Just before Christmas I was interviewed on LBC Radio’s Drivetime programme by Iain Dale about the acquittal of the Grillo sisters in the fraud trial. The focus at the trial and in the media afterwards was not on whether the defendants had stolen £665,000 from their former employers, but on Nigella’s less than Goddess like domestic circumstances, as well as receiving high-profile support mid-trial from the Prime Minister. As you will recall the Grillo sisters were acquitted of any wrongdoing.
To be fair to Iain Dale, the interview wasn’t about Lawson’s drug taking or her clearly very unhappy marriage, but on how employees could steal such vast sums from their employers without them noticing. As Dale asked me, how could they have got away with it? Was there smoke without fire? After all, if someone stole more (much more) than the value of the average house from you, you would notice, wouldn’t you? I might not notice a fiver or a tenner going astray, but £600k? And where do multi-milllionaires keep their small change: behind the back of the sofa, or in the biscuit tin in the cupboard or maybe under that loose floorboard in the spare bedroom?
Even if the money was racked up on credit cards you would think twice wouldn’t you? “Wow, Christmas WAS expensive this year wasn’t it? I know the Xbox One cost a lot but £600,000? We must have taken the kids to McDonalds too often”. It doesn’t make sense to the person of ordinary means and that was my answer. People on ordinary incomes can’t understand it, but the Saatchi-Lawsons were not of ordinary means. They were filthy rich and £665,000 probably has as much significance for them as, say £6 or £60 would to you or me. How the other .5% live, or something.
Dale then asked if this sort of thing went on often. Employers being defrauded of money by their employees. Of course it does and probably never comes to light in most situations because the employers are too nervous of looking stupid or careless. Almost two years ago there was also the case of the City banker accused of stealing £1.4mn from his employers, who then were alleged not to have wanted to co-operate with a Police prosecution, meaning he walked away “scot-free”. Nagging away at the back of my mind are a couple of cases involving wealthy City bankers who didn’t notice their personal assistant dipping lavishly into their income but I can’t find the links on Google. However, it’s a problem which does not only afflict wealthy individuals employing domestic help. More amazingly, to my mind, is the story of the Solihull solicitors, taken for a ride by their cashier, who stole £1.7mn from them over a seven year period to fund a share in a racehorse, a lease of a pub, luxury holidays, fast cars and luxury holidays. She said she had a wealthy husband; he thought she had a high paid job (in fact they paid her £24,000 p.a). She was trusted by everyone and that is how she got away with it.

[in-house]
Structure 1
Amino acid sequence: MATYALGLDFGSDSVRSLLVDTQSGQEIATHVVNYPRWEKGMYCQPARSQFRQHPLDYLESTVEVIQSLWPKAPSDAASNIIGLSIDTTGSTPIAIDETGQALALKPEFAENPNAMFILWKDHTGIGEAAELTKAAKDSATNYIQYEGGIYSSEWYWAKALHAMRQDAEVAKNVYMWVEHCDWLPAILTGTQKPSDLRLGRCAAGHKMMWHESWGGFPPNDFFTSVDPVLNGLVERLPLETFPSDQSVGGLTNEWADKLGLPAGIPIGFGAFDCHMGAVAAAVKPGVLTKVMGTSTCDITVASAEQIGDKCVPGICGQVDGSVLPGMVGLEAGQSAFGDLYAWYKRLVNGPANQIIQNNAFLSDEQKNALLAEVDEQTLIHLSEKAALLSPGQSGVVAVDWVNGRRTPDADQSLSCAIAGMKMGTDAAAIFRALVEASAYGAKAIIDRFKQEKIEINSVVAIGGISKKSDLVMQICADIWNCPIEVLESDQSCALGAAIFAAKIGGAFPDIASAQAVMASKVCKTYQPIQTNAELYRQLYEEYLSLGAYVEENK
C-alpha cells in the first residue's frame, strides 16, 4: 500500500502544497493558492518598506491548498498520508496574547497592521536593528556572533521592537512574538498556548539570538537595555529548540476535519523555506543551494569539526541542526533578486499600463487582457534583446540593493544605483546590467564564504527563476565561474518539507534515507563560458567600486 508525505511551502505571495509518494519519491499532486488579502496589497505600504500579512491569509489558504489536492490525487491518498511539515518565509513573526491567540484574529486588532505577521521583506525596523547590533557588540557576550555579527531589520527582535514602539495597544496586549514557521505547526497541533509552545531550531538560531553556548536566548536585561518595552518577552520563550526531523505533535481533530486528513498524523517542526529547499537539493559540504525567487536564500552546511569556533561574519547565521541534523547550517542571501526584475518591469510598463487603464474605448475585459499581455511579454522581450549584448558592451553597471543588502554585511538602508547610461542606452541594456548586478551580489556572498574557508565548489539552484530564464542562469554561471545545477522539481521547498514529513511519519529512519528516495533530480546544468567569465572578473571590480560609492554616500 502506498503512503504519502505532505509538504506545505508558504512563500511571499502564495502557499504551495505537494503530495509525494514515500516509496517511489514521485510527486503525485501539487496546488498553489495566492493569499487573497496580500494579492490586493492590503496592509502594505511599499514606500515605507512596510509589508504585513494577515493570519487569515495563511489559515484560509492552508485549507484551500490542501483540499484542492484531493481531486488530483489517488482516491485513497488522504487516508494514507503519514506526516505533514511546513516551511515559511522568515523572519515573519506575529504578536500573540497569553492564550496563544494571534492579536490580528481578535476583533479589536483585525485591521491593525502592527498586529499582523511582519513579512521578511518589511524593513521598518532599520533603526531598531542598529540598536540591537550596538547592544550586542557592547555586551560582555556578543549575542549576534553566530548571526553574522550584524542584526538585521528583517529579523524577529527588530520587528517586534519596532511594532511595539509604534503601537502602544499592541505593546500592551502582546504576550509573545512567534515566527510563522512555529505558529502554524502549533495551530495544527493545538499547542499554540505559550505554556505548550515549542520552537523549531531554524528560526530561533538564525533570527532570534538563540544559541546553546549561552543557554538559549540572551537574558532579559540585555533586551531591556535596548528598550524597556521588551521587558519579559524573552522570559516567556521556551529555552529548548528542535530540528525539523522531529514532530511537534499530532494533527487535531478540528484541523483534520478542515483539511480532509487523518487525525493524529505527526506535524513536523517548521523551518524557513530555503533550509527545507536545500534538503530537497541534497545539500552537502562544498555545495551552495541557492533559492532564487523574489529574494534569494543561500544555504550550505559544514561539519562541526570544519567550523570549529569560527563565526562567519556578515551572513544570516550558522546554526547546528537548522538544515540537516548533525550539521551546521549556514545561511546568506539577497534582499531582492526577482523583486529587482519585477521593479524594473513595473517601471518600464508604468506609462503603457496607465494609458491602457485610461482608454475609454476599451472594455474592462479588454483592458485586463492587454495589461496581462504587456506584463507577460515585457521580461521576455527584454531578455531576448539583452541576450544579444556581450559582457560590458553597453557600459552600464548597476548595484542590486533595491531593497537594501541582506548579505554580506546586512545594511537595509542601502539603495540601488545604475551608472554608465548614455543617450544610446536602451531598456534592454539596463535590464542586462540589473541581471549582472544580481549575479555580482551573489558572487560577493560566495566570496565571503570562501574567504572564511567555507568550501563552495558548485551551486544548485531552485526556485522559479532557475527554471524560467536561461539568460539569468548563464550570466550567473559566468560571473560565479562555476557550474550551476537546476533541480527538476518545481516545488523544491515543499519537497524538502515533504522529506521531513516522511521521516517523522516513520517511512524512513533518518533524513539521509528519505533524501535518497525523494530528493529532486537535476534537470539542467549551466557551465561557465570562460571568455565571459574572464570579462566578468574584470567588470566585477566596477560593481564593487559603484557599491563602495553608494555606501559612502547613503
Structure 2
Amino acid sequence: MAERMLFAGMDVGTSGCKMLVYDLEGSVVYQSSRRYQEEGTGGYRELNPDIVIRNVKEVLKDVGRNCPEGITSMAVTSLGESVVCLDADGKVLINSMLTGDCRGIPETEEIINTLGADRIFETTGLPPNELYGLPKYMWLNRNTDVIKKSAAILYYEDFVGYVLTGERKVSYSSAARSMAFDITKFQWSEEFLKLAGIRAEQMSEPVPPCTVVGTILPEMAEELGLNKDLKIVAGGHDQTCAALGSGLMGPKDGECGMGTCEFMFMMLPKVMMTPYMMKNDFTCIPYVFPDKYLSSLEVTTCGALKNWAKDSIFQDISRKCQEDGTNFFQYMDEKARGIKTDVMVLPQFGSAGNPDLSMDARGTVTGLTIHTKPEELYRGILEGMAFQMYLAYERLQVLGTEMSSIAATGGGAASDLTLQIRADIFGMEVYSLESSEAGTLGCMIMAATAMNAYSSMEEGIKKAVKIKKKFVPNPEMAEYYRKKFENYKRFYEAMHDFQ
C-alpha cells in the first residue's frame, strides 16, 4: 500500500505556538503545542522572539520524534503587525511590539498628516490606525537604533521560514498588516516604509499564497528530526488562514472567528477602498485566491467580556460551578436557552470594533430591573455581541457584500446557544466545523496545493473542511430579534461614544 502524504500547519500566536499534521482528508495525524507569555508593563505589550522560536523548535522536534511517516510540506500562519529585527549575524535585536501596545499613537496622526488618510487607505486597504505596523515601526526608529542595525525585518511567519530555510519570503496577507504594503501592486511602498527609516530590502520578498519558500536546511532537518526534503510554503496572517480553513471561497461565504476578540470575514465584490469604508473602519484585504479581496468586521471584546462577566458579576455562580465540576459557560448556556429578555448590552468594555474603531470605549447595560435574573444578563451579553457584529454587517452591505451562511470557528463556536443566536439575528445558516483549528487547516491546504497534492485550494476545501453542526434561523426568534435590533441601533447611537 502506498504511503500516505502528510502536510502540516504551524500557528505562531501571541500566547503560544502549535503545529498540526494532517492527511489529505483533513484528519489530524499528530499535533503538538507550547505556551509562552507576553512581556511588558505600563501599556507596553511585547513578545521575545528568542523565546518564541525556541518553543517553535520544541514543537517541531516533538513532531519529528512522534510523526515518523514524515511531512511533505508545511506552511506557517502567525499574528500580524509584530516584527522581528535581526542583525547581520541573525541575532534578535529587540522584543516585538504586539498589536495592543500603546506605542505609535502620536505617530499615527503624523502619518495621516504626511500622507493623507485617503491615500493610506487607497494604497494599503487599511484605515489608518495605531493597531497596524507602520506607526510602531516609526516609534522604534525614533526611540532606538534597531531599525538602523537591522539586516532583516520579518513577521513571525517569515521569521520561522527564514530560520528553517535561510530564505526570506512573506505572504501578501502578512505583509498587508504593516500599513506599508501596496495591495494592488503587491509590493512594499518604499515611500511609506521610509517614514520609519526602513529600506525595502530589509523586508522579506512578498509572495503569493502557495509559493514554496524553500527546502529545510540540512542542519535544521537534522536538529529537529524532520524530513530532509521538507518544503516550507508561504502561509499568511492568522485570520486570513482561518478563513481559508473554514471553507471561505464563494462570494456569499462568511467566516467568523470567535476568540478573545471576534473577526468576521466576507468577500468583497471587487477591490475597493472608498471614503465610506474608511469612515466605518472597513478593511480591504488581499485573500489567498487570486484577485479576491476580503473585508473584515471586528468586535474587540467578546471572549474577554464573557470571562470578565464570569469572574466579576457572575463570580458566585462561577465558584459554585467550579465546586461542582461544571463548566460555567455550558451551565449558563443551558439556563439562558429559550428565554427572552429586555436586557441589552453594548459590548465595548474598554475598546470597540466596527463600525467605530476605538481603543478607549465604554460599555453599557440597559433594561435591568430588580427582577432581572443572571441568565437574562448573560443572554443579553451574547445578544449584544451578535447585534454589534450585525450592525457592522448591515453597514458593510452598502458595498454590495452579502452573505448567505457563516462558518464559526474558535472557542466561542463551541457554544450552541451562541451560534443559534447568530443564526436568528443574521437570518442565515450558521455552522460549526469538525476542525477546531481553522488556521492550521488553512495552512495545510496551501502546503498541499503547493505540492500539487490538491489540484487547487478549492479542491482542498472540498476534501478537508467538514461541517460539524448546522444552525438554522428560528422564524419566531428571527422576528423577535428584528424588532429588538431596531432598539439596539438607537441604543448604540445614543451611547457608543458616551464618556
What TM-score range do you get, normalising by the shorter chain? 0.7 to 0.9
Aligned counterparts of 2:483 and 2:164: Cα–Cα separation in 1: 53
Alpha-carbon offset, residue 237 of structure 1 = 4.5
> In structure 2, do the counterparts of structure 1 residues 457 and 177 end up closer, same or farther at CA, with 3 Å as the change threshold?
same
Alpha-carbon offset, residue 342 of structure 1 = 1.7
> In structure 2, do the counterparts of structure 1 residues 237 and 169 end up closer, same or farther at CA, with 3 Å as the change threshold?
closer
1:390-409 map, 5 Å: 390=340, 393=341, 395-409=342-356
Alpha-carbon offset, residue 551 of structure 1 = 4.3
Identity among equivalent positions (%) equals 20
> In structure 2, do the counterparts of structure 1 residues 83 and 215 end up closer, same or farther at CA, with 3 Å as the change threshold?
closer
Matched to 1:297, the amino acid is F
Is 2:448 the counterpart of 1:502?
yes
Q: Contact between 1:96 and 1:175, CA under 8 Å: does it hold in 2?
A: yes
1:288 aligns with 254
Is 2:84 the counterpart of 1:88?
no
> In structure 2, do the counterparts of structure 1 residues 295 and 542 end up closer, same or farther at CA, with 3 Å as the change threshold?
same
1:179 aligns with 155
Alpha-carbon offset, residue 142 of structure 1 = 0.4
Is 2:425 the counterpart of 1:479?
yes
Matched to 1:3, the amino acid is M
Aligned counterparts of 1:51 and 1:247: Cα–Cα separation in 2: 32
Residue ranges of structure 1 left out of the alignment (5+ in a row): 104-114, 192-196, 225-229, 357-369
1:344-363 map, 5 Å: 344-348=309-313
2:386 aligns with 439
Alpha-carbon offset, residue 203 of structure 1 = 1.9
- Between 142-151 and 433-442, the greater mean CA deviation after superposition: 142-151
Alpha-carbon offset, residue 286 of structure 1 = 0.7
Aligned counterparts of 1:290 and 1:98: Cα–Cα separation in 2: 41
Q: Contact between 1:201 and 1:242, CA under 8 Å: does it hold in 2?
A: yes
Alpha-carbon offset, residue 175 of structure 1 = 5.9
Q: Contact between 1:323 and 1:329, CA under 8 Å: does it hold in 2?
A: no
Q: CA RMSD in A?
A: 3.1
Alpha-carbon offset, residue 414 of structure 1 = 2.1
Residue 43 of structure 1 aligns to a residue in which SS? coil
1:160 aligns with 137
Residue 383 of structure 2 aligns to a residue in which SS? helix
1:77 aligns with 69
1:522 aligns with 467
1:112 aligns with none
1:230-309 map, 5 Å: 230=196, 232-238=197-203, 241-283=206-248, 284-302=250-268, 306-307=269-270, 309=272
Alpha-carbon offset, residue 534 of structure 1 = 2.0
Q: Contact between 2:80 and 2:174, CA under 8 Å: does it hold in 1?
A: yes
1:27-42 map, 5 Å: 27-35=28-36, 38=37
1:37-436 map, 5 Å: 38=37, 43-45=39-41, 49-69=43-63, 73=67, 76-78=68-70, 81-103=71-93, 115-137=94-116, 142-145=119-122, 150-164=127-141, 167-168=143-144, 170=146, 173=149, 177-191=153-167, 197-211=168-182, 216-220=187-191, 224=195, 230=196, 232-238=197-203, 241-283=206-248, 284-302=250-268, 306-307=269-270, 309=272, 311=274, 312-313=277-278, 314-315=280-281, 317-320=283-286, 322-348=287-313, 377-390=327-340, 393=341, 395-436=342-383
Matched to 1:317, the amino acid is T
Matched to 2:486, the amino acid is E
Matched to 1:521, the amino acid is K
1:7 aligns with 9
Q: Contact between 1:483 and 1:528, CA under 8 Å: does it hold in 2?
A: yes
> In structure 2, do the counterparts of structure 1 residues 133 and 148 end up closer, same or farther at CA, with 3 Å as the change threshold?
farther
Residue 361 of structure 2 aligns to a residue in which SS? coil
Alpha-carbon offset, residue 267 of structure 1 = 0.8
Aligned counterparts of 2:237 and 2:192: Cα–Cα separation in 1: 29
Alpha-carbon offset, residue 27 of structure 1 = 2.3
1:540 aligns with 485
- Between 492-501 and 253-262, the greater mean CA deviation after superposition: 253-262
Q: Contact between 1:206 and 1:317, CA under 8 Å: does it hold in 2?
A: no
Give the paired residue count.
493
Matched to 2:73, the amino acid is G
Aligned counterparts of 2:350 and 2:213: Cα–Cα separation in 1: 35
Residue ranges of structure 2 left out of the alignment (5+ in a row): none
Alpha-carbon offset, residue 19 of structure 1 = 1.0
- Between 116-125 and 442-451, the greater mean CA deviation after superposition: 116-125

If in the midst of the bleakest weather of the most depressing week of the most miserable month of the year ripping your employers off for a Range Rover and a holiday somewhere hot and dry appeals, think again: she was sentenced to five years in prison and her husband divorced her.
And at the heart of all these cases is to things: 1. breach of trust and 2. The usual thinking that such things only happen to other people. That is how these crimes occur and why sentences in criminal courts tend to be so heavy, especially for those in a position of trust.
How do employers protect themselves against fraud? Have proper procedures in place to govern financial affairs, conduct regular reviews and ensure that one person does not have complete control over the finances. And get very suspicious if your cashier wears hand-made suits, drives an Aston Martin and holidays in the Caribbean.